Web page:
Keys for Testing Transformer Oils

Loren Green, Noria Corporation

Transformer oils serve several functions. They provide dielectric strength, protect the solid insulation and facilitate heat transfer. Perhaps most importantly, they also offer a way to determine if a problem exists when looking inside the transformer.

34% of lubrication professionals perform transformer oil analysis twice a year, based on a recent poll from machinerylubrication.com

While several different dielectric fluids are used in transformers today, by far the most common are mineral oils. Of these, the majority are of naphthenic base stocks. Generally speaking, naphthenics have a lower natural pour point and a lower viscosity index (VI). Obviously, the lower pour point is beneficial for the lower temperatures found in some climates and during the winter months.

Due to the lower viscosity index of naphthenic base oils, a rise in temperature has a greater effect on the viscosity of the oil. As the temperature increases, the viscosity decreases and the heat-transfer rate is improved. For oils of equal viscosity at 40 degrees C, the heat-transfer coefficient can be 8 to 11 percent greater for a naphthenic oil than for a paraffinic oil.

As a mineral oil, the transformer oil’s usable life can be optimized if it is kept clean, cool and dry. Upon receipt and prior to use, these oils should be tested for particulate and water contamination among others using the following tests: acid number (ASTM D664), dielectric breakdown voltage (ASTM D877), liquid power factor (ASTM D924-08), interfacial tension (ASTM D971), specific resistance (ASTM D1169), corrosive sulfur (ASTM D1275), visual examination (ASTM D1524), Karl Fischer water (ASTM D1533), dielectric breakdown voltage (ASTM D1816), gassing tendency (ASTM D2300), oxidation stability (ASTM D2440), gas chromatography (D3612), oxidation inhibitor (ASTM D4768 or D2668) and particle count (ASTM D6786).

These tests will determine whether you are receiving clean oil and will establish a baseline of the oil properties that should be tested periodically. Although there are a number of tests to which the oils can be subjected, some are quite expensive, so they may be best used as diagnostic tests if an issue is indicated in more routine testing.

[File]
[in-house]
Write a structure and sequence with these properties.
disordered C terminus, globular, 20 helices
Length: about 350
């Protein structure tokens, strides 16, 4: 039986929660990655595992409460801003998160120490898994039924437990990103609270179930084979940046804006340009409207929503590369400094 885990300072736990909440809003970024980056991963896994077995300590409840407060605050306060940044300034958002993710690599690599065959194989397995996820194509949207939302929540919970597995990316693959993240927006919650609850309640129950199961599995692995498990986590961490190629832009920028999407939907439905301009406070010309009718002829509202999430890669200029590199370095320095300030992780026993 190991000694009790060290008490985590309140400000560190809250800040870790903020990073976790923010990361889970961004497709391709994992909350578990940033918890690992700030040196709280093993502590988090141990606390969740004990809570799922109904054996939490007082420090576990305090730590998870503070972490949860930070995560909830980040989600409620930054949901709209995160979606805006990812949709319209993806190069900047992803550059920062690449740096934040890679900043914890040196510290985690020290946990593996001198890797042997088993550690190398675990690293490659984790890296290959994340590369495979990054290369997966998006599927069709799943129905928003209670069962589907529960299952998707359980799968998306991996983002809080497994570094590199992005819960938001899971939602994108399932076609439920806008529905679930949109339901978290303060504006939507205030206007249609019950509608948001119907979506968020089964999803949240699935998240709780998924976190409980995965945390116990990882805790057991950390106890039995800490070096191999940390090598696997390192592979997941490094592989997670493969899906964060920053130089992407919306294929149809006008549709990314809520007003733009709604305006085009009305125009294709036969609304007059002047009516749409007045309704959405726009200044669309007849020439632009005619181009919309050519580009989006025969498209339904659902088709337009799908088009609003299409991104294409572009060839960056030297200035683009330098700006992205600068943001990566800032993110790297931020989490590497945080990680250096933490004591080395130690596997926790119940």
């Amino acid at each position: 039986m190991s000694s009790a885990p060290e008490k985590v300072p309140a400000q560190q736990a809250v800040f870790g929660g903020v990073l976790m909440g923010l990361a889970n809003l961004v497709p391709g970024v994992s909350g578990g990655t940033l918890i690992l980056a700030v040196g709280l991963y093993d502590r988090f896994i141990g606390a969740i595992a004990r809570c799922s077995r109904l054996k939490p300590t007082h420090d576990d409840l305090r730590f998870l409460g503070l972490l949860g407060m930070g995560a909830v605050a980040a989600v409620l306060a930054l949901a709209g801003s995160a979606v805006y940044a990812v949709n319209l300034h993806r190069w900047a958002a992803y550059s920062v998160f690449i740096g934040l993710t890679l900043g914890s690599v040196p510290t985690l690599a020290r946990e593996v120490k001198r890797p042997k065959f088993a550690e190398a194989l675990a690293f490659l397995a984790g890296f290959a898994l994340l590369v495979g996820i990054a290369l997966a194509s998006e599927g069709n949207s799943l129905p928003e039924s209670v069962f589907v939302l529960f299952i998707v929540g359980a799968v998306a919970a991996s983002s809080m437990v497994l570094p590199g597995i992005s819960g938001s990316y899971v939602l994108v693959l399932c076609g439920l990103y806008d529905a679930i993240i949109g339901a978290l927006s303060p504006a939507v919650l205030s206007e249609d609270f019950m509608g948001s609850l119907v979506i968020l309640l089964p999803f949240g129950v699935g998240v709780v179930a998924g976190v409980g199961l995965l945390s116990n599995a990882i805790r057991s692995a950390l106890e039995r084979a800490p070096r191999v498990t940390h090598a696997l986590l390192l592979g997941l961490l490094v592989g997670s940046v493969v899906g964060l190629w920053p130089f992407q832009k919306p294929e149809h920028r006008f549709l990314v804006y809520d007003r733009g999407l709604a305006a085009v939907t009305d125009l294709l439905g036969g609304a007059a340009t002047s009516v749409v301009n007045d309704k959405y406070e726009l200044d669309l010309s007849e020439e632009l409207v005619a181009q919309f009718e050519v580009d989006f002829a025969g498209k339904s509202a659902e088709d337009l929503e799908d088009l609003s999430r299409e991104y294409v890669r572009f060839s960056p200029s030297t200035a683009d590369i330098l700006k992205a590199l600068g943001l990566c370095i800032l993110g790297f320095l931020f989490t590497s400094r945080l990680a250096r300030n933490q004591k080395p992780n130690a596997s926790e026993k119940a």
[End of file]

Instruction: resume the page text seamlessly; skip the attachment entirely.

The recommended frequency of transformer oil analysis is dependent on both the voltage and power. The chart on the left can serve as a guideline but does not take into consideration the transformer’s operating environment.

If results from a periodic test raise a red flag, the frequency should be increased. Even if the cost of the tests is high, the expense should be compared with the cost of replacing a transformer and the downtime associated with the loss of a transformer.

The most common in-service tests are the dielectric breakdown voltage (ASTM D877), interfacial tension (ASTM D971), acid number (ASTM D664), oxidation inhibitor (ASTM D4768 or D2668), Karl Fischer water (ASTM D1533), visual examination (ASTM D1524), and dissolved gas analysis (ASTM D3612). The sampling for these tests is critical.

Be sure to follow ASTM D923-07. Any deviation from this procedure may result in test data that does not offer an accurate picture of the condition of the oil or the internal components.

It is important to differentiate between normal and excessive gassing rates. These will vary based on the transformer design, insulation material and loading. It is recommended that laboratories use key gas analysis (KGA) supplemented by the Dornenburg and Rogers ratios in analyzing dissolved gas analysis (DGA) results. DGA measures the oil for methane, acetylene, ethylene, hydrogen, ethane and carbon monoxide. It can also provide an indication of arcing, corona, overheating oil and overheating cellulose.

Other tests that can be performed measure inorganic chlorides and sulfates (ASTM D878) and specific gravity (ASTM D1298). Some of these tests will be conducted by the blender or supplier. These tests will establish a baseline for comparison in future analysis.

Keep in mind that it is not uncommon for transformer oils to be in use for 30 years or more, so a little expense on the front end can lead to huge returns in the future.

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